Name: Skip La Cour
Occupation: Author, trainer, owner Mass Machine Nutrition
Accolades: 6-time national drug-free champion bodybuilder
When you first start training, each body part seems to get bigger and stronger from one workout to the next.
Well, enjoy that period while you can, because it lasts only a few months.
While you might make progress in some areas, many lifters find that every step forward is met by a step back. Gains may continue in your shoulders and back, but stand still in your chest and arms. What makes matters worse is that you really want a big chest and arms!
All of this can be discouraging, especially when you see some fast gainers who seem to add slabs of muscle through some kind of osmotic process just by being in the gym.
So what's Plan B?
Is It Really Lagging?
For one, you need to start with the process of muscle building. Progress in larger muscle groups like the chest, back, and legs is measured in years, not weeks. Many people don't want to invest the necessary time and effort.
The biggest, strongest guys you see in your gym have one thing you don't: a huge head start in terms of number of years. Comparing your progress to someone else's will only set you up for disappointment.
Some of that advantage may also be due to genetics. Some people have traits that give them a select advantage right out of the gate, whether it's nicely peaked biceps or genetically low body fat levels that show off a six-pack when they peel off their shirt.
For the rest of us mere mortals, it means we have to work out harder, and smarter.
Start by assessing your strengths and weaknesses and what you've done to address them. Sure, your legs might be small, but skipping leg day every other week because you don't feel like it is a sign that commitment, not genetics, may be to blame.
For many lifters already endowed with size, the problem is too much body fat, which makes a muscle look soft. A smaller man who is lean appears to be bigger than a larger man who is soft.
In my own experience, I looked much bigger—and better—when I weighed less and my body fat was low. The difference was that dramatic.
Sadly, the answer to bringing up a lagging body part is as elusive as choosing the right parents. You can go on the Internet and find all kinds of advice that suggests a particular exercise that will give you that peak on your biceps or a certain routine to bring out your quad sweep. Yet no matter how hard you try, you're limited by your DNA.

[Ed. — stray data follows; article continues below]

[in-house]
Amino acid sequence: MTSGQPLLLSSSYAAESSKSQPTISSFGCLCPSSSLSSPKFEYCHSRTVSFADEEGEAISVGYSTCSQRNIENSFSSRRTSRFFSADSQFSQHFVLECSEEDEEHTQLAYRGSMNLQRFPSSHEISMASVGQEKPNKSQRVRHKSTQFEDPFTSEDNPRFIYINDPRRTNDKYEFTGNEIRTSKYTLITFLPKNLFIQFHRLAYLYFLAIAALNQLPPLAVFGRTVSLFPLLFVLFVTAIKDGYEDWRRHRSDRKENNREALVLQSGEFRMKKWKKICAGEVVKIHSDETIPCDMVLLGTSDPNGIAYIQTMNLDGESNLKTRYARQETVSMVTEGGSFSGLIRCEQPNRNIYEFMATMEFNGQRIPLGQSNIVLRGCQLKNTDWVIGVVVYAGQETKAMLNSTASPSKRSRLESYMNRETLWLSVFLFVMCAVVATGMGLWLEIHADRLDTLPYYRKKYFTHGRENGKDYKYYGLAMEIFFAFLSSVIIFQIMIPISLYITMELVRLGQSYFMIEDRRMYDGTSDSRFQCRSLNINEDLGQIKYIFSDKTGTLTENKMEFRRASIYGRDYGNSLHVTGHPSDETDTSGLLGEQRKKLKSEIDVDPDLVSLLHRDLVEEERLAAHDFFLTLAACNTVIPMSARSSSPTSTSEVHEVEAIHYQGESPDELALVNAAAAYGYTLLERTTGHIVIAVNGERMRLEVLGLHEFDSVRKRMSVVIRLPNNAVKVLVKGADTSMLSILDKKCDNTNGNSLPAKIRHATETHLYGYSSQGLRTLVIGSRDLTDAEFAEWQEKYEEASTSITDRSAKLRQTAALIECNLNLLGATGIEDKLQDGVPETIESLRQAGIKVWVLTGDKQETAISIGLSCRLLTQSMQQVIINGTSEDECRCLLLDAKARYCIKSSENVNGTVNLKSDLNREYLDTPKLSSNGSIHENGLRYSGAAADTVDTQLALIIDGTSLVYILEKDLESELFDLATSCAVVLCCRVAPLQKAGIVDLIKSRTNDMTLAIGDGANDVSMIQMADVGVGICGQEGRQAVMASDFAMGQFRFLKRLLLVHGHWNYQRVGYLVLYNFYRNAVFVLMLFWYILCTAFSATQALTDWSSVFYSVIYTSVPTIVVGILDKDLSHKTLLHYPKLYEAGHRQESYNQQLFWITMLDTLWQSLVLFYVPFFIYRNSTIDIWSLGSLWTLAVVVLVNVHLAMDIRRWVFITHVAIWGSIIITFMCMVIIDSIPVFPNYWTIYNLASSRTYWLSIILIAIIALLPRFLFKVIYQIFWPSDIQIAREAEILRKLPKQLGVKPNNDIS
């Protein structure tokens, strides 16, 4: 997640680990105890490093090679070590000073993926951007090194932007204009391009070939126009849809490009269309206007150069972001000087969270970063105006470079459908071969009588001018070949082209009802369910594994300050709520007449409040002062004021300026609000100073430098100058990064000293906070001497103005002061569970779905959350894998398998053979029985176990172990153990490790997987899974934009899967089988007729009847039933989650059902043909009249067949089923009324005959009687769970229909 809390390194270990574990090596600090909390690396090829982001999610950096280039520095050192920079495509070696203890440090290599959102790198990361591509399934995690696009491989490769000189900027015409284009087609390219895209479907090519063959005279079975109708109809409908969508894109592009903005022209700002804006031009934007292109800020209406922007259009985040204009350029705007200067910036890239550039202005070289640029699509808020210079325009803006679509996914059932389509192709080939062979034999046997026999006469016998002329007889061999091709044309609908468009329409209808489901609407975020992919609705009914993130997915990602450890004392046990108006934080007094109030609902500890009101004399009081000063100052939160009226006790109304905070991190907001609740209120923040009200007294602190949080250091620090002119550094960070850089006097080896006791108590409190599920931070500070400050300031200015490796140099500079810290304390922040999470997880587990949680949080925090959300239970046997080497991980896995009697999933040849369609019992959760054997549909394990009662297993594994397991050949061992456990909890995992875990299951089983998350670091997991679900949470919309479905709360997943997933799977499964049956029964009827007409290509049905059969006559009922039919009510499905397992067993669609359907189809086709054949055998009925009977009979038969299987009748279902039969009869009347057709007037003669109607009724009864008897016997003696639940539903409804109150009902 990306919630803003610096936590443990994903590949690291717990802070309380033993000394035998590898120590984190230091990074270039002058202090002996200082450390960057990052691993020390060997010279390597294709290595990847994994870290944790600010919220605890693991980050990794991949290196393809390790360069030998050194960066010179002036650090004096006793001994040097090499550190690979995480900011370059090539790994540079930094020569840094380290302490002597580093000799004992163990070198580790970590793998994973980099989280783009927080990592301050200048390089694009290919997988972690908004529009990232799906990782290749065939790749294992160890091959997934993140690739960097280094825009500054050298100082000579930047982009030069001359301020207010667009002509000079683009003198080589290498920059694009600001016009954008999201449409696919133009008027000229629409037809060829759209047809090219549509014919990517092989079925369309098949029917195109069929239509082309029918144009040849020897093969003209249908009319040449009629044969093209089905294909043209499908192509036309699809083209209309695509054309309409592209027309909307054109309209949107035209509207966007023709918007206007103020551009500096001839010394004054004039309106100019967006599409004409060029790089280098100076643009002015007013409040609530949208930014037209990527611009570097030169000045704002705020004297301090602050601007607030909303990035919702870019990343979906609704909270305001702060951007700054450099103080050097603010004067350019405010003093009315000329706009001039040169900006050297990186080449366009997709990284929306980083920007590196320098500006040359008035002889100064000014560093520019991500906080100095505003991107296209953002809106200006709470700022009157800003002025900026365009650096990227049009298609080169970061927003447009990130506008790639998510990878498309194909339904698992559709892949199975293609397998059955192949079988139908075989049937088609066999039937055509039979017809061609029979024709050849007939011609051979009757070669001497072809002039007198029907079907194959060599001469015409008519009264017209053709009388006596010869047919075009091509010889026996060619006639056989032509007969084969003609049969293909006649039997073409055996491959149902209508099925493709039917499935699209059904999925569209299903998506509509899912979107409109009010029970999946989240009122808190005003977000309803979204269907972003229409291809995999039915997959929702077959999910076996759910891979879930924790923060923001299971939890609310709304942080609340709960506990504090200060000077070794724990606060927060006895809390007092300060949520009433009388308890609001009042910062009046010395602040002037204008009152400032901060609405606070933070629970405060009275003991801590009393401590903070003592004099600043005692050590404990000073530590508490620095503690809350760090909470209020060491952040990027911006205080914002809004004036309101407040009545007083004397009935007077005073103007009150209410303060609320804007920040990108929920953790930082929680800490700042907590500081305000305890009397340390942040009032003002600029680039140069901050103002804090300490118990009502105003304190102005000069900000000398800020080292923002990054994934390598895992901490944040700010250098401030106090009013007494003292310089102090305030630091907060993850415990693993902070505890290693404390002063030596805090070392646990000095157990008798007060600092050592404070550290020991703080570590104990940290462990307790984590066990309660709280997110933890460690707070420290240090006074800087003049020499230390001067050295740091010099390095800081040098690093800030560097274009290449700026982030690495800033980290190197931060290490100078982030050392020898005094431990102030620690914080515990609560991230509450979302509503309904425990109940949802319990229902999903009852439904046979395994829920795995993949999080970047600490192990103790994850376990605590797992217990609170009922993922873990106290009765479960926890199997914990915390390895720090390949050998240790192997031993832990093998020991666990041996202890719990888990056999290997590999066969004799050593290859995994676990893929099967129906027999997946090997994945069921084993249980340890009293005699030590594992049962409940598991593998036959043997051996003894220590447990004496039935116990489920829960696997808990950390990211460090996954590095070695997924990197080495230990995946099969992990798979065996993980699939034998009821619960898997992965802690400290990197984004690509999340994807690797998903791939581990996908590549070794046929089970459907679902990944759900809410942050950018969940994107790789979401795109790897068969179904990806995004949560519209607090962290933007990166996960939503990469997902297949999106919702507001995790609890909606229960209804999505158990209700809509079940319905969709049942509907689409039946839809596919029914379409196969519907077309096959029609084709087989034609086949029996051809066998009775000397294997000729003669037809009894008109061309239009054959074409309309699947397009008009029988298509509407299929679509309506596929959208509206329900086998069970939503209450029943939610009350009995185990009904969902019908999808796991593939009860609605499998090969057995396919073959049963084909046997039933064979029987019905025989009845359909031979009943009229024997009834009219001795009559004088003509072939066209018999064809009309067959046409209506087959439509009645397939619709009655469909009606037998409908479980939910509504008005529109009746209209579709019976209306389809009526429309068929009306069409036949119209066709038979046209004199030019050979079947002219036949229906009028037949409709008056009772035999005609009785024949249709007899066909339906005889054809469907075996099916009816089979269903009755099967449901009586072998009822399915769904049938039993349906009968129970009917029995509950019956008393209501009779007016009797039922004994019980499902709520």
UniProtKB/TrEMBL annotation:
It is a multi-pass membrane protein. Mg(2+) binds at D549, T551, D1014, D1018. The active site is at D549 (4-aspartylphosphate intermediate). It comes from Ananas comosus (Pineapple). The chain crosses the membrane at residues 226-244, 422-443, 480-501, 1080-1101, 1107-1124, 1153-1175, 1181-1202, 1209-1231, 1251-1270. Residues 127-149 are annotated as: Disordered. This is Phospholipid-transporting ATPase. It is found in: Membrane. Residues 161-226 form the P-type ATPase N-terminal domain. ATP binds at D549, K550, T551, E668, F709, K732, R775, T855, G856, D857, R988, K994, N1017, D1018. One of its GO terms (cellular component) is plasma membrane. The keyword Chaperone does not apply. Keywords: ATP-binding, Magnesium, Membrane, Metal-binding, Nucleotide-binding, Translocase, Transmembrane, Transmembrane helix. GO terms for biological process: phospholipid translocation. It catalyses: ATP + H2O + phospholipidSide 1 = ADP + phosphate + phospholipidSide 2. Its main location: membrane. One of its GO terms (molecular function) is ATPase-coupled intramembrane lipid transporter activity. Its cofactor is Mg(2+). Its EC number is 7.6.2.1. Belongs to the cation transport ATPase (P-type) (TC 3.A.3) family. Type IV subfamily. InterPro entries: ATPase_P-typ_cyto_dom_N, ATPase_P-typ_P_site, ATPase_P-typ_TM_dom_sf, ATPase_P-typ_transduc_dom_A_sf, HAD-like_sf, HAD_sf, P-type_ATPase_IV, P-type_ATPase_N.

Because of genetics, your body has a potential to look a certain way—though you'll never know that ultimate potential until you try your damnedest to get there. Yes, you can alter your definition and proportion to a point, but you're limited to working with your own genetic makeup. That doesn't mean you can't look amazing. It does mean you're going to look amazing within the limitations of your own body structure.
Your genetic ceiling isn't the same as anyone else's. Clearly you won't know what it is until you've busted your butt in the gym, so giving up before you even try can be your first mistake. Still, you can choose exercises, formulate a training split, and maximize certain training variables that will increase a muscle's size regardless of your genetics. Learning how to train smart pays big dividends here.
And for a lot of men with endomorphic physiques (the politically correct way for calling someone fat), a reduction in body fat will go a long way toward actually making you appear larger. Bodybuilding is about illusion.
Strategize for Success
What are some specific ways to bring up a lagging muscle group? Assuming there isn't some fundamental flaw in your training—such as poor technique or not using enough weight—there are a couple of ways to reignite growth.
To start, you can train a lagging body part more frequently—say, twice over the course of your training split. So long as the target area gets sufficient rest, and you're eating and supplementing well, the increased work may give you the kick you need.
Increase the volume—sets, reps, and weight—for a target body part. Add exercises from different angles and use a variety of grips, foot positions, or both to increase stress on the muscle.
Train to failure. If you're not pushing yourself until you can't complete another rep with good form, your results will suffer.
Most importantly, stay completely focused. Do the last set with the same mental intensity that you did on your first, and make proper form and execution your top priorities. If you do these things, success will be yours.